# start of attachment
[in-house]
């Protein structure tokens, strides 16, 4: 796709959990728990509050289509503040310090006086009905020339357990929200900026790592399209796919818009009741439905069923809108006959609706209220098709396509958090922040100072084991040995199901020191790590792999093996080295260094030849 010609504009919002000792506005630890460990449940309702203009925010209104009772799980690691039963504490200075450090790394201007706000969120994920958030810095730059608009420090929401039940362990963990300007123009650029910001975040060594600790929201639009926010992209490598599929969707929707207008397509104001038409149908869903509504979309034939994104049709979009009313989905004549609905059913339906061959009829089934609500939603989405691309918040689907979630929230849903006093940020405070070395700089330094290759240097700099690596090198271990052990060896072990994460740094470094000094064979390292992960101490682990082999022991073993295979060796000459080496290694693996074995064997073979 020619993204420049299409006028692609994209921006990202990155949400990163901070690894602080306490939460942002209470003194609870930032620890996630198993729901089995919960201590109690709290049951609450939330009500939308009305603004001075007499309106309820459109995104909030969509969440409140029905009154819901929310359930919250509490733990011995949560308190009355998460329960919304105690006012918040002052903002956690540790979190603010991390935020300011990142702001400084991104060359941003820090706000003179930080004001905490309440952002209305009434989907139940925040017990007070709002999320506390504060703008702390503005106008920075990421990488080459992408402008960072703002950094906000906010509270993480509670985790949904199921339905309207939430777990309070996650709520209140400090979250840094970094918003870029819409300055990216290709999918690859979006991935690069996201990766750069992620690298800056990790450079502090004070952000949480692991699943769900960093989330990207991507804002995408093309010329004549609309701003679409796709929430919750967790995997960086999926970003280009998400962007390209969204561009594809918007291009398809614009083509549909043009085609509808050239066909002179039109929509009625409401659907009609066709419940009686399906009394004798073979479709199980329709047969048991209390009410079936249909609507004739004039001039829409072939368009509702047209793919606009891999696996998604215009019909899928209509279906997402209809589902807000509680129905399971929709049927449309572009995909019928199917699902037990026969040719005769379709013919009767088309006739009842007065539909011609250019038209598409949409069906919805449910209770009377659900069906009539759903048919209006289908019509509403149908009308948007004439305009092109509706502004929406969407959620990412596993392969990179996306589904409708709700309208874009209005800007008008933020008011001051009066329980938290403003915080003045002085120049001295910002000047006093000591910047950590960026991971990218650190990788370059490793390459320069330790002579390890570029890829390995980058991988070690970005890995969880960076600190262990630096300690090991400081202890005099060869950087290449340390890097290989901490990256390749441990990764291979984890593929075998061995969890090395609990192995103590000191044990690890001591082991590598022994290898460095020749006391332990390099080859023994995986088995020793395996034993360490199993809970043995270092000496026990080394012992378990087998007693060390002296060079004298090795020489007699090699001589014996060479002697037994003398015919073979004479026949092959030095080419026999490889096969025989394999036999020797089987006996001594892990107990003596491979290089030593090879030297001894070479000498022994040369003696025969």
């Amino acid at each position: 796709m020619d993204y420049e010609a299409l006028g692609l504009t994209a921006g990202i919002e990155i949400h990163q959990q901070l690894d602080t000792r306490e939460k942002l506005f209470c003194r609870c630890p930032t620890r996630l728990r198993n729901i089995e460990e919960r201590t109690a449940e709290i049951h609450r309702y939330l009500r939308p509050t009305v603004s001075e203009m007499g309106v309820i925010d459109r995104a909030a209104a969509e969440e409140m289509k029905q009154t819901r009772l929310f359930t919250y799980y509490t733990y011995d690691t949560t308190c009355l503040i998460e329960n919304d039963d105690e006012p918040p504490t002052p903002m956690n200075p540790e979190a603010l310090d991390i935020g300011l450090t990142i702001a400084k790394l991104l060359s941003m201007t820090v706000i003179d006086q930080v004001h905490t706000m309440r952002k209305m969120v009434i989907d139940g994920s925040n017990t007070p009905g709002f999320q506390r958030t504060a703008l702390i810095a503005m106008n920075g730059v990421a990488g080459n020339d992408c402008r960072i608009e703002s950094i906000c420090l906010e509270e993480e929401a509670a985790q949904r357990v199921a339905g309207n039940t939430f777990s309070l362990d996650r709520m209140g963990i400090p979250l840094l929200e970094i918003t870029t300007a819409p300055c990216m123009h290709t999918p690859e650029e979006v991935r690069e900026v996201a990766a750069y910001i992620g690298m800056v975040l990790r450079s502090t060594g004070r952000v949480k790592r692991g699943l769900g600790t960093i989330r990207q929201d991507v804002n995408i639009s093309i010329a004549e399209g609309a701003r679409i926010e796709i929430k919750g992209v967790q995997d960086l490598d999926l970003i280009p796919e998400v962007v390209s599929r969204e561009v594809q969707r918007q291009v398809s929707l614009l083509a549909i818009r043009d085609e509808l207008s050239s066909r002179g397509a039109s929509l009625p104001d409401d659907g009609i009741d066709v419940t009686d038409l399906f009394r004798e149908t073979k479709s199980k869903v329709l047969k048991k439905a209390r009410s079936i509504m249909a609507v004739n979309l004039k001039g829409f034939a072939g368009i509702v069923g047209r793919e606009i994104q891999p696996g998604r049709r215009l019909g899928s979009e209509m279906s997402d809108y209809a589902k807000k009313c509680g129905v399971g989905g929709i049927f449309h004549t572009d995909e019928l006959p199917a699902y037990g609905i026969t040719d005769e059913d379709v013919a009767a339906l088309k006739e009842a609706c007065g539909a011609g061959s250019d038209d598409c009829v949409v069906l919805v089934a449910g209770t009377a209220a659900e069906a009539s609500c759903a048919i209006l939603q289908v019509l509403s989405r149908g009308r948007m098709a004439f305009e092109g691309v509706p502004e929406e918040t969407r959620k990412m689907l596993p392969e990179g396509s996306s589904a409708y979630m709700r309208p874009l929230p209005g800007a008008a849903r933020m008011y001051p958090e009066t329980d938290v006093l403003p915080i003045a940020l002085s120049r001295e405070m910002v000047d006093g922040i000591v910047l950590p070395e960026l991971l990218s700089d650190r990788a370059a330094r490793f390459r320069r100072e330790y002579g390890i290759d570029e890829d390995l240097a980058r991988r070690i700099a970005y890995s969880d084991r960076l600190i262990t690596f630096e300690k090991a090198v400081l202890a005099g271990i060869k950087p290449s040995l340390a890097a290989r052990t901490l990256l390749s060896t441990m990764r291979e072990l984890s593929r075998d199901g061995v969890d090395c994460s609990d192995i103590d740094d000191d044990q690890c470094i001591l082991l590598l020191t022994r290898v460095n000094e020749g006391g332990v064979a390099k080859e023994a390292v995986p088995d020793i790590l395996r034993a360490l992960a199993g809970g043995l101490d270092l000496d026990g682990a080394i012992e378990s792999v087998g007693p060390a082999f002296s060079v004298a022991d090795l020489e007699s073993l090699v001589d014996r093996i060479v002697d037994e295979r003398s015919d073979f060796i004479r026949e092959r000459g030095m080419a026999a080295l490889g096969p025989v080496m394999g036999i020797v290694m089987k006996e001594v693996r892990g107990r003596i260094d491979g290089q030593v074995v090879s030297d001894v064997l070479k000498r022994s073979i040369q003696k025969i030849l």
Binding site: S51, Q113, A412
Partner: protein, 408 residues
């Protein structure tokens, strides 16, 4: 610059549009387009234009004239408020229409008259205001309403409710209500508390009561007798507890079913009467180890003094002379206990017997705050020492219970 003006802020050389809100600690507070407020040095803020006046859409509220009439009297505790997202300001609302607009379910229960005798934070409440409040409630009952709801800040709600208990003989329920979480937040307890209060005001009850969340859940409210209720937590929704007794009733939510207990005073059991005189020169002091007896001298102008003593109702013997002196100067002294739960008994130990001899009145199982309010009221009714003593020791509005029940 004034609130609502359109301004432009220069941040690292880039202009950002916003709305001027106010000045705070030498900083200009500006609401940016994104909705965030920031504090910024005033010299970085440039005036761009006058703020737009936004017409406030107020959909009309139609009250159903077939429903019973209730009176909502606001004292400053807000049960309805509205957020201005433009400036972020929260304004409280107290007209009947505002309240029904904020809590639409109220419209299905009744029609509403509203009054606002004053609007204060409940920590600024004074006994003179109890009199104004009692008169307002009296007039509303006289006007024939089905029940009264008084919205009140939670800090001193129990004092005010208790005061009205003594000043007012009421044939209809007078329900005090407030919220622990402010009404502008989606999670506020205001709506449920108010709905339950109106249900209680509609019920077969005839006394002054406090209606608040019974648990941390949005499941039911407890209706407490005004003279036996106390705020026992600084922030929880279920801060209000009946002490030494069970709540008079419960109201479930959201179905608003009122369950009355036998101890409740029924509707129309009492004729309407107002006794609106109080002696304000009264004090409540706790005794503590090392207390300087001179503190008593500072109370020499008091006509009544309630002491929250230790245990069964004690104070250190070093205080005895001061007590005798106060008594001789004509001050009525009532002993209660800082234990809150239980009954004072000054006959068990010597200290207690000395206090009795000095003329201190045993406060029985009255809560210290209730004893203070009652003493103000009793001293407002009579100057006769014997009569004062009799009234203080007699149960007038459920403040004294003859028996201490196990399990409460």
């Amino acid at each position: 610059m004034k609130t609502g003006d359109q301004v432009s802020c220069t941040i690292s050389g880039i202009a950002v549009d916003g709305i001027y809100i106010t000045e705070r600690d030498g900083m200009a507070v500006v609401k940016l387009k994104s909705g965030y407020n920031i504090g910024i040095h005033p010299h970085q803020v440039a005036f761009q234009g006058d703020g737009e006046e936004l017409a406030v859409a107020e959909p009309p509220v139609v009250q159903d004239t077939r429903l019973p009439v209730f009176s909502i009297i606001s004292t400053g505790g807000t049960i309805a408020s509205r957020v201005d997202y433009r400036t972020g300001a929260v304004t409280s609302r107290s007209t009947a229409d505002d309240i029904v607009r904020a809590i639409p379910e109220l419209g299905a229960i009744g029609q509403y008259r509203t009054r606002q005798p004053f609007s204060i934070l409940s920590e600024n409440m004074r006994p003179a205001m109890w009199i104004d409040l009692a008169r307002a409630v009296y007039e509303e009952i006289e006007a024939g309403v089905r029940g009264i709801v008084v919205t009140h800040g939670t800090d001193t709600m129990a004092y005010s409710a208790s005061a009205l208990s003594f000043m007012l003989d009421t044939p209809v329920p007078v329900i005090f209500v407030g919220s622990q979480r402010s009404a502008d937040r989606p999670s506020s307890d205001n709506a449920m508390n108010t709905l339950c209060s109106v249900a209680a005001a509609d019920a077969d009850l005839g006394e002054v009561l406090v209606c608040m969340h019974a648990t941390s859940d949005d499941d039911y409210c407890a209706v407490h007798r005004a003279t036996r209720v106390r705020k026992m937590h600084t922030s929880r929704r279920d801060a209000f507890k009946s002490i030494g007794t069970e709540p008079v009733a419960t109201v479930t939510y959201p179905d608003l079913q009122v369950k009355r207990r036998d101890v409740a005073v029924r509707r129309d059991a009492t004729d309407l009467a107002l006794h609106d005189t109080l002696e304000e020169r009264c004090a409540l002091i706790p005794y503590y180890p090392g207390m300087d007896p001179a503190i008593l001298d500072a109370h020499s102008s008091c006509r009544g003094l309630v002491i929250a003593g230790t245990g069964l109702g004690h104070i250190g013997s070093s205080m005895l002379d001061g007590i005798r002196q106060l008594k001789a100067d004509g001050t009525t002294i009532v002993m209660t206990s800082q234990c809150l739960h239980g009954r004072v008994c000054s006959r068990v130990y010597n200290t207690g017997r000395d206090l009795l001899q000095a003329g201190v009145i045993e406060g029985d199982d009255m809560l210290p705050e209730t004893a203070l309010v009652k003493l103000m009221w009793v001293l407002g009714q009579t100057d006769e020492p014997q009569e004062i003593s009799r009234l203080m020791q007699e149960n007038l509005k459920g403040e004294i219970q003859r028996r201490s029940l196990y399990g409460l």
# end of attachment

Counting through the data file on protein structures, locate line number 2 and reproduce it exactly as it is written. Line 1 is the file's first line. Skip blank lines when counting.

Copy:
């Protein structure tokens, strides 16, 4: 796709959990728990509050289509503040310090006086009905020339357990929200900026790592399209796919818009009741439905069923809108006959609706209220098709396509958090922040100072084991040995199901020191790590792999093996080295260094030849 010609504009919002000792506005630890460990449940309702203009925010209104009772799980690691039963504490200075450090790394201007706000969120994920958030810095730059608009420090929401039940362990963990300007123009650029910001975040060594600790929201639009926010992209490598599929969707929707207008397509104001038409149908869903509504979309034939994104049709979009009313989905004549609905059913339906061959009829089934609500939603989405691309918040689907979630929230849903006093940020405070070395700089330094290759240097700099690596090198271990052990060896072990994460740094470094000094064979390292992960101490682990082999022991073993295979060796000459080496290694693996074995064997073979 020619993204420049299409006028692609994209921006990202990155949400990163901070690894602080306490939460942002209470003194609870930032620890996630198993729901089995919960201590109690709290049951609450939330009500939308009305603004001075007499309106309820459109995104909030969509969440409140029905009154819901929310359930919250509490733990011995949560308190009355998460329960919304105690006012918040002052903002956690540790979190603010991390935020300011990142702001400084991104060359941003820090706000003179930080004001905490309440952002209305009434989907139940925040017990007070709002999320506390504060703008702390503005106008920075990421990488080459992408402008960072703002950094906000906010509270993480509670985790949904199921339905309207939430777990309070996650709520209140400090979250840094970094918003870029819409300055990216290709999918690859979006991935690069996201990766750069992620690298800056990790450079502090004070952000949480692991699943769900960093989330990207991507804002995408093309010329004549609309701003679409796709929430919750967790995997960086999926970003280009998400962007390209969204561009594809918007291009398809614009083509549909043009085609509808050239066909002179039109929509009625409401659907009609066709419940009686399906009394004798073979479709199980329709047969048991209390009410079936249909609507004739004039001039829409072939368009509702047209793919606009891999696996998604215009019909899928209509279906997402209809589902807000509680129905399971929709049927449309572009995909019928199917699902037990026969040719005769379709013919009767088309006739009842007065539909011609250019038209598409949409069906919805449910209770009377659900069906009539759903048919209006289908019509509403149908009308948007004439305009092109509706502004929406969407959620990412596993392969990179996306589904409708709700309208874009209005800007008008933020008011001051009066329980938290403003915080003045002085120049001295910002000047006093000591910047950590960026991971990218650190990788370059490793390459320069330790002579390890570029890829390995980058991988070690970005890995969880960076600190262990630096300690090991400081202890005099060869950087290449340390890097290989901490990256390749441990990764291979984890593929075998061995969890090395609990192995103590000191044990690890001591082991590598022994290898460095020749006391332990390099080859023994995986088995020793395996034993360490199993809970043995270092000496026990080394012992378990087998007693060390002296060079004298090795020489007699090699001589014996060479002697037994003398015919073979004479026949092959030095080419026999490889096969025989394999036999020797089987006996001594892990107990003596491979290089030593090879030297001894070479000498022994040369003696025969």